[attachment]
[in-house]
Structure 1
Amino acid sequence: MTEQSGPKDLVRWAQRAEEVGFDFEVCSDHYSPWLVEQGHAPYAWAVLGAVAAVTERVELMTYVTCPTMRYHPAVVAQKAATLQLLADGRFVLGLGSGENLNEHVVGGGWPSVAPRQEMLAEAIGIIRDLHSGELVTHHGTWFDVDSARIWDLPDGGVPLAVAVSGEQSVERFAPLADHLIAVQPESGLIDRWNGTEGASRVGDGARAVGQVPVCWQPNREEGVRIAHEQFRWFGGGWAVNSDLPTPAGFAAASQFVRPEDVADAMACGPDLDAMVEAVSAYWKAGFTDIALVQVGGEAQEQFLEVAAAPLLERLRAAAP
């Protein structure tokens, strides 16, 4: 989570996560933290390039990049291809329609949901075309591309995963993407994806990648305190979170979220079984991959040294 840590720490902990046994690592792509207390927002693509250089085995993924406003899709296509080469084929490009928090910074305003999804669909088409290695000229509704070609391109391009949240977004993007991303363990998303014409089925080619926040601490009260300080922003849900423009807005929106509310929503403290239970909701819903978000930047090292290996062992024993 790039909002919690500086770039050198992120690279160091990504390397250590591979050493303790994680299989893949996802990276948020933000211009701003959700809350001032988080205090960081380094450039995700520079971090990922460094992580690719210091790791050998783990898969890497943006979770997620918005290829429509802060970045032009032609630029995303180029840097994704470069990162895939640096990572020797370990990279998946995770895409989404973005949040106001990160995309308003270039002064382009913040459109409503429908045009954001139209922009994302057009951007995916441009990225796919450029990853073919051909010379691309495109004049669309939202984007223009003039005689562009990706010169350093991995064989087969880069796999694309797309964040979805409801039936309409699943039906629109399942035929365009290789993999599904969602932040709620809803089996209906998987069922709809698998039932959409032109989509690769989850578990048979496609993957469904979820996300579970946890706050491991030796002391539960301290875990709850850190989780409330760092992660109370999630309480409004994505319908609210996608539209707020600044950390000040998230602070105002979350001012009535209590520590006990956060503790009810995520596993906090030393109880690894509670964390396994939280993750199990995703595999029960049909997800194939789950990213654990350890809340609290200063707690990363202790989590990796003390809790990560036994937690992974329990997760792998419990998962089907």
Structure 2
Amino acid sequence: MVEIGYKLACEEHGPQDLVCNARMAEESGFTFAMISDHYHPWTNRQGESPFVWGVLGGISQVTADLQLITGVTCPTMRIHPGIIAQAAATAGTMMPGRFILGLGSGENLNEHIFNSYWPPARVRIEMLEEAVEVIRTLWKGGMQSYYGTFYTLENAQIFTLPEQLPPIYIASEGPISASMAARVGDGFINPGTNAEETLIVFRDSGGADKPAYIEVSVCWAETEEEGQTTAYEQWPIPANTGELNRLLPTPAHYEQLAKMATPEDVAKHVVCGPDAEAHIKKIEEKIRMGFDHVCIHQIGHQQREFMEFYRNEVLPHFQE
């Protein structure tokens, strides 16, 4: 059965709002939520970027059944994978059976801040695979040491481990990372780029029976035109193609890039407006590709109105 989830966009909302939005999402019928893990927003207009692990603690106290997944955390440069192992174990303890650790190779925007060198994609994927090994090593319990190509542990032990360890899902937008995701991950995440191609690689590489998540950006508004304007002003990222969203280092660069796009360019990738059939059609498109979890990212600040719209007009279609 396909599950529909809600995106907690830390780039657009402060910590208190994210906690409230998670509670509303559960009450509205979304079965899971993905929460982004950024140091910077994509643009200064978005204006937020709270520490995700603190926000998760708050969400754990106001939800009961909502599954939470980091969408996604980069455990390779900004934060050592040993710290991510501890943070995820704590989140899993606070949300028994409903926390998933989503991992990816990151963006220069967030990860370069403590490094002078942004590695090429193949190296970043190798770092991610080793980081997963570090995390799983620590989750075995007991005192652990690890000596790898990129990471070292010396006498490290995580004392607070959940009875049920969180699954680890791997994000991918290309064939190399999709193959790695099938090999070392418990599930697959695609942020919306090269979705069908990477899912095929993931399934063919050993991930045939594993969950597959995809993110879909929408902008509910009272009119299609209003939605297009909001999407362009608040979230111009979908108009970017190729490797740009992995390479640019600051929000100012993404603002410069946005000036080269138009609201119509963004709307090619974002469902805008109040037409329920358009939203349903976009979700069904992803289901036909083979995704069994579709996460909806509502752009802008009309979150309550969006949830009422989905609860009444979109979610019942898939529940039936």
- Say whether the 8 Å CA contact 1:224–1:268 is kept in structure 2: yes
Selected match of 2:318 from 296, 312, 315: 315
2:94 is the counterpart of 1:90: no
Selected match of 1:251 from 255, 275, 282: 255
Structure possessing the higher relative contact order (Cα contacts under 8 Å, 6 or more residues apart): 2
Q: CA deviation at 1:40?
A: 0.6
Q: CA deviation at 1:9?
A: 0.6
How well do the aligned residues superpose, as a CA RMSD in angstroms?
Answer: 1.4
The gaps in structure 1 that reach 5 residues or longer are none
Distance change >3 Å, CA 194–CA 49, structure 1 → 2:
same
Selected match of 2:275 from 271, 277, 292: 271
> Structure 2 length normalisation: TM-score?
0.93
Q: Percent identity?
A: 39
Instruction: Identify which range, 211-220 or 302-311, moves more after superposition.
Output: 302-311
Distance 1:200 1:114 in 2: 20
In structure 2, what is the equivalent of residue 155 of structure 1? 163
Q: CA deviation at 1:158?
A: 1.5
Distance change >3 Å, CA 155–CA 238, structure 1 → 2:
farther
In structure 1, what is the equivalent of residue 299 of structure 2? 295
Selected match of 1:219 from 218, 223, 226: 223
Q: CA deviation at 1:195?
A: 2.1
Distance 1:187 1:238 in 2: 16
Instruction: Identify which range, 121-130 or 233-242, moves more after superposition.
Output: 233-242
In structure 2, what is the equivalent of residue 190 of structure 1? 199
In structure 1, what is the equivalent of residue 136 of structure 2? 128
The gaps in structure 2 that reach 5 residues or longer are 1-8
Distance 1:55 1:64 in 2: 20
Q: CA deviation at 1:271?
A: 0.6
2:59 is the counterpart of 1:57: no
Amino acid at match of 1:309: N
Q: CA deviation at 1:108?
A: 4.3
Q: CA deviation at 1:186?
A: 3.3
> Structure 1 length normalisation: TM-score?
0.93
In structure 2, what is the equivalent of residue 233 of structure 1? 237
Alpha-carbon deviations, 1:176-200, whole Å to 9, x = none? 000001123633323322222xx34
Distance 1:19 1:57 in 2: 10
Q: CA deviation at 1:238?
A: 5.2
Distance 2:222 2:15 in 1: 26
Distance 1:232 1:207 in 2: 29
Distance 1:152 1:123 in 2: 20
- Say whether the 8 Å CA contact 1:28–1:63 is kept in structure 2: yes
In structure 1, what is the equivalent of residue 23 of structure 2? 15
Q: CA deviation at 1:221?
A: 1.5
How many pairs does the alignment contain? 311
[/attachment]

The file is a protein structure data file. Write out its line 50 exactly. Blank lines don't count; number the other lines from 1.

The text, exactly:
Q: CA deviation at 1:108?